As expected the Red Sox have scratched Josh Beckett from his scheduled Sunday start against the Twins due to a back injury, announcing that Franklin Morales will take his place.
Morales moving back into the rotation seemed possible as soon as the Red Sox traded for left-handed reliever Craig Breslow earlier this week, although for now at least the move isn’t permanent because Beckett remains on the active roster.
Beckett left Tuesday’s start in the third inning due to back spasms and missed much of 2010 with a back injury, but so far the Red Sox have indicated this issue isn’t particularly serious.
Morales had gone three years without starting when the Red Sox gave him a chance in the rotation in mid-June and he had a 3.42 ERA and 31/8 K/BB ratio in five starts, but then moved back into the bullpen for the past few weeks.
Yankees outfielder Aaron Judge found himself front-and-center in a weird play in the bottom of the fourth inning during Game 4 of the ALCS on Tuesday evening. Judge drew a walk to lead off the frame. After Didi Gregorius lined out, Gary Sanchez flied out to shallow right-center.
Judge must have thought the ball had a high probability of falling in for a hit, so he was past the second base bag around the time he realized his mistake. He retraced his steps, running back to first base. Reddick’s throw hopped a couple of times but first base umpire Jerry Meals called Judge out on the tag-up play.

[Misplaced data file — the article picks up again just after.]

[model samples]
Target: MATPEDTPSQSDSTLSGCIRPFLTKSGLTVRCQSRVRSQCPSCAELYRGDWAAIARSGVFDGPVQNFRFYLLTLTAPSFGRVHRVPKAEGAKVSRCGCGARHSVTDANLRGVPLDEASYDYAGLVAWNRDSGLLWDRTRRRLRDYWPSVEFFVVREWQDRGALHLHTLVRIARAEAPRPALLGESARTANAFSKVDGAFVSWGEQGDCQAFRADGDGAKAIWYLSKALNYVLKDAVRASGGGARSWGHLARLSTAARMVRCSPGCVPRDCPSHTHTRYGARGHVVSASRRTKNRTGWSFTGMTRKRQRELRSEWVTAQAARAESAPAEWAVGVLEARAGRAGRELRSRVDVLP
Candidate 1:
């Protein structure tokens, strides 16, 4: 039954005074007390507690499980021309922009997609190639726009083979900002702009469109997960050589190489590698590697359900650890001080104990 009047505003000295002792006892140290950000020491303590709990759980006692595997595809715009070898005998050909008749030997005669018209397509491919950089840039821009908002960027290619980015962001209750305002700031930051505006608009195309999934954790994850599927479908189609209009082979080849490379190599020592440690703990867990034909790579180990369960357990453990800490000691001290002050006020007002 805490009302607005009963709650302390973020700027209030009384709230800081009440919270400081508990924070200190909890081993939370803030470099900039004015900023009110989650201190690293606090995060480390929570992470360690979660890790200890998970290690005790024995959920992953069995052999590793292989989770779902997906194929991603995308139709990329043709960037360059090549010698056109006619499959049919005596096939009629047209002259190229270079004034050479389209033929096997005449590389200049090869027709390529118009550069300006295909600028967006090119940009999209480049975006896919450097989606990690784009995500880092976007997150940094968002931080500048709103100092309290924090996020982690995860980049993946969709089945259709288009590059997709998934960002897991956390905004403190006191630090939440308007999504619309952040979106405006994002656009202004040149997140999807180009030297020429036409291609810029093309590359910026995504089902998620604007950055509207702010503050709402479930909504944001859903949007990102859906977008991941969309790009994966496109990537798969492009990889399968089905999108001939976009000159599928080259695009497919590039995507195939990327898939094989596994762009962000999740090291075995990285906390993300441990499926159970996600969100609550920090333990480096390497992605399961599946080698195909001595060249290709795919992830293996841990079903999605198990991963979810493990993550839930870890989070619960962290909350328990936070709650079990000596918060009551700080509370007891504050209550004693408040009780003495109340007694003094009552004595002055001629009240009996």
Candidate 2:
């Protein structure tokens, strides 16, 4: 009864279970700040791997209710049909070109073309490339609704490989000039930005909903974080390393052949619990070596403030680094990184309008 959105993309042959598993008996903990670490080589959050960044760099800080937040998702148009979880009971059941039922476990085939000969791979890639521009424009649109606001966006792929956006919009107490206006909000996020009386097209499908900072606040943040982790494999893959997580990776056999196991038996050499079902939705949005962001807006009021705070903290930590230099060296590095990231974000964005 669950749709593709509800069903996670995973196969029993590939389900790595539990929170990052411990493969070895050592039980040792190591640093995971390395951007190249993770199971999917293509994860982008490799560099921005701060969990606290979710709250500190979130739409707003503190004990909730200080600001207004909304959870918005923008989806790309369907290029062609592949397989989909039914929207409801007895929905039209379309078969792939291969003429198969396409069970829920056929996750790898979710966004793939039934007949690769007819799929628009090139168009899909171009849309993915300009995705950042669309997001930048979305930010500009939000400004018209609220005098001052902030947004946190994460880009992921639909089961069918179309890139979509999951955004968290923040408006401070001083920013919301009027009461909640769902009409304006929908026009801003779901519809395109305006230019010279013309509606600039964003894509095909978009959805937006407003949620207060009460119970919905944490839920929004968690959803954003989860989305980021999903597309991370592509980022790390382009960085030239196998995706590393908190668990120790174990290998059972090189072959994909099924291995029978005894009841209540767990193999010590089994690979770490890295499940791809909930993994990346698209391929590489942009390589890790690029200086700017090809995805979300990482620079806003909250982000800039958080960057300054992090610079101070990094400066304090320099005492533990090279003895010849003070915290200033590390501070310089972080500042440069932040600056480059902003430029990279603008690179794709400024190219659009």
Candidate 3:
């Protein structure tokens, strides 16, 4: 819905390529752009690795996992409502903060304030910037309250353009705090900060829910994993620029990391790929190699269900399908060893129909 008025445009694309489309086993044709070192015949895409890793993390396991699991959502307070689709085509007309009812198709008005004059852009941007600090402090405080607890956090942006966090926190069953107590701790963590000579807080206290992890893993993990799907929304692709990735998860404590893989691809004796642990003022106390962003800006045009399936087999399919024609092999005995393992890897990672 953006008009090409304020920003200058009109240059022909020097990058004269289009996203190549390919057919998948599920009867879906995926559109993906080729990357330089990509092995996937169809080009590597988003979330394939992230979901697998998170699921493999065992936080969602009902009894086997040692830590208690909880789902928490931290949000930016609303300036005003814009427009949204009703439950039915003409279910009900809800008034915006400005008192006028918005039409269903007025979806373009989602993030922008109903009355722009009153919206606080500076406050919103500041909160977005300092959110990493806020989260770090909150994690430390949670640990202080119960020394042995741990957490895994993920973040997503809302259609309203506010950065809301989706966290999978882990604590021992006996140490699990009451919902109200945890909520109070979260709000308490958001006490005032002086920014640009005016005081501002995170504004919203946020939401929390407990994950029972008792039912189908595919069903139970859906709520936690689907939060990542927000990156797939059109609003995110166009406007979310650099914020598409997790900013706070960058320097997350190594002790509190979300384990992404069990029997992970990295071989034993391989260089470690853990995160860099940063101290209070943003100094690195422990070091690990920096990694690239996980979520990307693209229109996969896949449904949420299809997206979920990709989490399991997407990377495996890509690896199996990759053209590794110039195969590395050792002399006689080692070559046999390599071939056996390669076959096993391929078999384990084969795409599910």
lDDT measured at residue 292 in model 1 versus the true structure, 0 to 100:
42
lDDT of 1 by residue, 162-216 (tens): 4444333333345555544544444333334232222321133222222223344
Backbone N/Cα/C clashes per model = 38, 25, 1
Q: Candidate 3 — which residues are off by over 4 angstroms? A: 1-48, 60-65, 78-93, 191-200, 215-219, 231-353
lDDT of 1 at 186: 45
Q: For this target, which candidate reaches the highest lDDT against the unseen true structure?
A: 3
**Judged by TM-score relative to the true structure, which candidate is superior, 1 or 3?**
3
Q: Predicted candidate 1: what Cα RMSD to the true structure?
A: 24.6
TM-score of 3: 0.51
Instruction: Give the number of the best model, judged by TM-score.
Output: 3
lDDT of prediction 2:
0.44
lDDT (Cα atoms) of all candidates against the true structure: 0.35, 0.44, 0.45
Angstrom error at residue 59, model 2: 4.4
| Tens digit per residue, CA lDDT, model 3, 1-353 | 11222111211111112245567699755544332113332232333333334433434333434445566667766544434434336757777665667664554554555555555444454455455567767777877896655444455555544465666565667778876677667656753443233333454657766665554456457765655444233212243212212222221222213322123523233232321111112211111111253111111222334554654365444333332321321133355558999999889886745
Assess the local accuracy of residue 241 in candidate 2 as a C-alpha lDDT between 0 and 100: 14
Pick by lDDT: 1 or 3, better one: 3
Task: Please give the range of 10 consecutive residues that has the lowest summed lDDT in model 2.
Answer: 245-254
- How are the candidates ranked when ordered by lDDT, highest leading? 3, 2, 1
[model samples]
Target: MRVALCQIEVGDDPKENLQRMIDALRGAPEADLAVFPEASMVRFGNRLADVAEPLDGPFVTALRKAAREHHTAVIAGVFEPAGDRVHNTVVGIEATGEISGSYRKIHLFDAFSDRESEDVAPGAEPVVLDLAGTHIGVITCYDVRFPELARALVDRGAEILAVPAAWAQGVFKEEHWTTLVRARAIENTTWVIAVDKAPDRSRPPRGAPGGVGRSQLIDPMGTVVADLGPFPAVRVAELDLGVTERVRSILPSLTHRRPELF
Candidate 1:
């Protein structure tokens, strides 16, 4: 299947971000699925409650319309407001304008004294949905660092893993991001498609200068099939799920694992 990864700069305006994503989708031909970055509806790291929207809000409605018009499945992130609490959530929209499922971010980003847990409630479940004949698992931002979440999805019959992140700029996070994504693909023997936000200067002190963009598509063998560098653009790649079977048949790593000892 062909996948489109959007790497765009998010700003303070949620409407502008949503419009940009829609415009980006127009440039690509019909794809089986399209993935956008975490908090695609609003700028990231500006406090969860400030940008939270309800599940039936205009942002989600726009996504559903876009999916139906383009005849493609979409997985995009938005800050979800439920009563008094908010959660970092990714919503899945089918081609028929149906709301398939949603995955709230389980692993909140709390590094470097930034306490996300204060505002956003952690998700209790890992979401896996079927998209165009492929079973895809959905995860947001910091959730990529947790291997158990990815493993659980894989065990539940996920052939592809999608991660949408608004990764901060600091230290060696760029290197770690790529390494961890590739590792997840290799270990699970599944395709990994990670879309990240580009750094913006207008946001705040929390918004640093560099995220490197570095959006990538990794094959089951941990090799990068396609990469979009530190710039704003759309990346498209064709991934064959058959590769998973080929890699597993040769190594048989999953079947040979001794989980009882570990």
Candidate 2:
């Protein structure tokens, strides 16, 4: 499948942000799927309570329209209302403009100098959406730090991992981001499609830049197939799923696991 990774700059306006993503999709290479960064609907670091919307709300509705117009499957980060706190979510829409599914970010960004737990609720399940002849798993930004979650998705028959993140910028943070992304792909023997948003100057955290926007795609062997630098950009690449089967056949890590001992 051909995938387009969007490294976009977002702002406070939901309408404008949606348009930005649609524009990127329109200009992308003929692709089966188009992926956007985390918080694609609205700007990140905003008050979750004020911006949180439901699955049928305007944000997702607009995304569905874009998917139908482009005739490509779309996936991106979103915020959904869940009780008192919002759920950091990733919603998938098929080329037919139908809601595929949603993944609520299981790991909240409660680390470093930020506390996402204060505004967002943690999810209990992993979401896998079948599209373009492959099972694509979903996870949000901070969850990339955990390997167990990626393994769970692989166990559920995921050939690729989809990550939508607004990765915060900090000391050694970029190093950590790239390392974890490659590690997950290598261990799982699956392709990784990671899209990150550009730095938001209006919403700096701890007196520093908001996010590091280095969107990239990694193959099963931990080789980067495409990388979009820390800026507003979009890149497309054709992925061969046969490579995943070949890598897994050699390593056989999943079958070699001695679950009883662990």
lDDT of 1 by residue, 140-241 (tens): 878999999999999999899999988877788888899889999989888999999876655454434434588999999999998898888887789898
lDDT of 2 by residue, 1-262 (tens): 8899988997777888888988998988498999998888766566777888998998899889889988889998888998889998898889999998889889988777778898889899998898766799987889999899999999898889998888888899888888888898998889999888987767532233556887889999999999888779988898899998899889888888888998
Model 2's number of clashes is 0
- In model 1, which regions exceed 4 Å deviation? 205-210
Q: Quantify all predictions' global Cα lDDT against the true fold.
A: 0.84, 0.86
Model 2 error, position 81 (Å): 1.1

Manager Joe Girardi requested a review and the call was overturned: Judge was safe. However, Astros manager A.J. Hinch wanted to challenge that Judge did not re-touch second base on his way back. Rather than issuing a formal challenge, the Astros had to appeal the play by having starter Lance McCullers throw to second base, at which point second base umpire Jim Reynolds would issue a ruling. McCullers was a bit hasty, though, and made his appeal throw before Greg Bird stepped into the batter’s box. Reynolds told McCullers that he had to wait. So, McCullers again made his appeal throw.
This time, Judge was running and he was simply tagged out at second base for the final out of the inning. No need for a review.
As Ken Rosenthal explained on the FS1 broadcast, the Yankees were trying to “beat the police.” They knew Judge would have been ruled out — replays clearly showed he never re-touched the base — so they had nothing to lose by sending Judge. If he was safe, the Astros would no longer be able to appeal the play. If he’s out, then it’s the same outcome they would have had anyway.